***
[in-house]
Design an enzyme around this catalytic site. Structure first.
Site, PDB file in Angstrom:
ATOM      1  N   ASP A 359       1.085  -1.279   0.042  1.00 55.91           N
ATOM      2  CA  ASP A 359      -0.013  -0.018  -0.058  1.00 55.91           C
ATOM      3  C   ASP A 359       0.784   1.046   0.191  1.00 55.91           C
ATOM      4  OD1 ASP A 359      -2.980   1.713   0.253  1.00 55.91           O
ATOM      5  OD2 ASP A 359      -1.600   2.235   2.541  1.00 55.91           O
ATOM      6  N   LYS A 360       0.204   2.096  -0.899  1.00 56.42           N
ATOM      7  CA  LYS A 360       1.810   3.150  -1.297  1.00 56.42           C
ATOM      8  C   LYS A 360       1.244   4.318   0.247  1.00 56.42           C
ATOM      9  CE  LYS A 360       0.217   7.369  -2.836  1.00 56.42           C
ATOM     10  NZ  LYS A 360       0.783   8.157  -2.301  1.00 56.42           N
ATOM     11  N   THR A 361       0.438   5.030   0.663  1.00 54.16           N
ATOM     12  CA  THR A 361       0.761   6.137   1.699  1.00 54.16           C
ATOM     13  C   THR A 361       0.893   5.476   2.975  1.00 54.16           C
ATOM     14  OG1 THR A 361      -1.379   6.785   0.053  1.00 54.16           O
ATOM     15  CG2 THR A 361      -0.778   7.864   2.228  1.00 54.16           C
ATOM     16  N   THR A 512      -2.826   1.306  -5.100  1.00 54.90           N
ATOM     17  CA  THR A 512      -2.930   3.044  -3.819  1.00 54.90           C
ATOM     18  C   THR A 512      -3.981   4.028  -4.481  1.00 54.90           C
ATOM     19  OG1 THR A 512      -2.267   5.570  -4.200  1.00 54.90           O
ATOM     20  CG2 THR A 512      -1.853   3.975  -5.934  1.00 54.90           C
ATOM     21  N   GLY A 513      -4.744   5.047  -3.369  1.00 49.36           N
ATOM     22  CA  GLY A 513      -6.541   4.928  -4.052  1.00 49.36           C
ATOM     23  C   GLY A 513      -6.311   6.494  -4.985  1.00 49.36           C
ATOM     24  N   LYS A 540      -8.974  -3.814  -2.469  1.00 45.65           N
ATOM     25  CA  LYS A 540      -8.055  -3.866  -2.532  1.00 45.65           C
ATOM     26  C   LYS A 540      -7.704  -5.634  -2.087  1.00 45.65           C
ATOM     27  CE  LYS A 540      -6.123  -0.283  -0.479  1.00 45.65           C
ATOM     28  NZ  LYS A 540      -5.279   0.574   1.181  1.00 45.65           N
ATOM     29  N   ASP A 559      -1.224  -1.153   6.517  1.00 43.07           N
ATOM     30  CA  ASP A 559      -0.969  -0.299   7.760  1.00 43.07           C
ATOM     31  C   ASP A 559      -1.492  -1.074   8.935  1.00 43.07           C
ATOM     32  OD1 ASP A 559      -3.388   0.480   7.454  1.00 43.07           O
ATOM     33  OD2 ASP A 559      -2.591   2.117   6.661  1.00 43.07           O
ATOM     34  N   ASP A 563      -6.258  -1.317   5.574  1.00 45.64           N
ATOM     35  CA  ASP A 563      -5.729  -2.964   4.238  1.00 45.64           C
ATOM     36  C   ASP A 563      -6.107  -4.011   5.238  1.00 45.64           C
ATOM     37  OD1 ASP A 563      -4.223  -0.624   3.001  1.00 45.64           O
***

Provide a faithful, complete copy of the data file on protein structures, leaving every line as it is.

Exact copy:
[in-house]
Design an enzyme around this catalytic site. Structure first.
Site, PDB file in Angstrom:
ATOM      1  N   ASP A 359       1.085  -1.279   0.042  1.00 55.91           N
ATOM      2  CA  ASP A 359      -0.013  -0.018  -0.058  1.00 55.91           C
ATOM      3  C   ASP A 359       0.784   1.046   0.191  1.00 55.91           C
ATOM      4  OD1 ASP A 359      -2.980   1.713   0.253  1.00 55.91           O
ATOM      5  OD2 ASP A 359      -1.600   2.235   2.541  1.00 55.91           O
ATOM      6  N   LYS A 360       0.204   2.096  -0.899  1.00 56.42           N
ATOM      7  CA  LYS A 360       1.810   3.150  -1.297  1.00 56.42           C
ATOM      8  C   LYS A 360       1.244   4.318   0.247  1.00 56.42           C
ATOM      9  CE  LYS A 360       0.217   7.369  -2.836  1.00 56.42           C
ATOM     10  NZ  LYS A 360       0.783   8.157  -2.301  1.00 56.42           N
ATOM     11  N   THR A 361       0.438   5.030   0.663  1.00 54.16           N
ATOM     12  CA  THR A 361       0.761   6.137   1.699  1.00 54.16           C
ATOM     13  C   THR A 361       0.893   5.476   2.975  1.00 54.16           C
ATOM     14  OG1 THR A 361      -1.379   6.785   0.053  1.00 54.16           O
ATOM     15  CG2 THR A 361      -0.778   7.864   2.228  1.00 54.16           C
ATOM     16  N   THR A 512      -2.826   1.306  -5.100  1.00 54.90           N
ATOM     17  CA  THR A 512      -2.930   3.044  -3.819  1.00 54.90           C
ATOM     18  C   THR A 512      -3.981   4.028  -4.481  1.00 54.90           C
ATOM     19  OG1 THR A 512      -2.267   5.570  -4.200  1.00 54.90           O
ATOM     20  CG2 THR A 512      -1.853   3.975  -5.934  1.00 54.90           C
ATOM     21  N   GLY A 513      -4.744   5.047  -3.369  1.00 49.36           N
ATOM     22  CA  GLY A 513      -6.541   4.928  -4.052  1.00 49.36           C
ATOM     23  C   GLY A 513      -6.311   6.494  -4.985  1.00 49.36           C
ATOM     24  N   LYS A 540      -8.974  -3.814  -2.469  1.00 45.65           N
ATOM     25  CA  LYS A 540      -8.055  -3.866  -2.532  1.00 45.65           C
ATOM     26  C   LYS A 540      -7.704  -5.634  -2.087  1.00 45.65           C
ATOM     27  CE  LYS A 540      -6.123  -0.283  -0.479  1.00 45.65           C
ATOM     28  NZ  LYS A 540      -5.279   0.574   1.181  1.00 45.65           N
ATOM     29  N   ASP A 559      -1.224  -1.153   6.517  1.00 43.07           N
ATOM     30  CA  ASP A 559      -0.969  -0.299   7.760  1.00 43.07           C
ATOM     31  C   ASP A 559      -1.492  -1.074   8.935  1.00 43.07           C
ATOM     32  OD1 ASP A 559      -3.388   0.480   7.454  1.00 43.07           O
ATOM     33  OD2 ASP A 559      -2.591   2.117   6.661  1.00 43.07           O
ATOM     34  N   ASP A 563      -6.258  -1.317   5.574  1.00 45.64           N
ATOM     35  CA  ASP A 563      -5.729  -2.964   4.238  1.00 45.64           C
ATOM     36  C   ASP A 563      -6.107  -4.011   5.238  1.00 45.64           C
ATOM     37  OD1 ASP A 563      -4.223  -0.624   3.001  1.00 45.64           O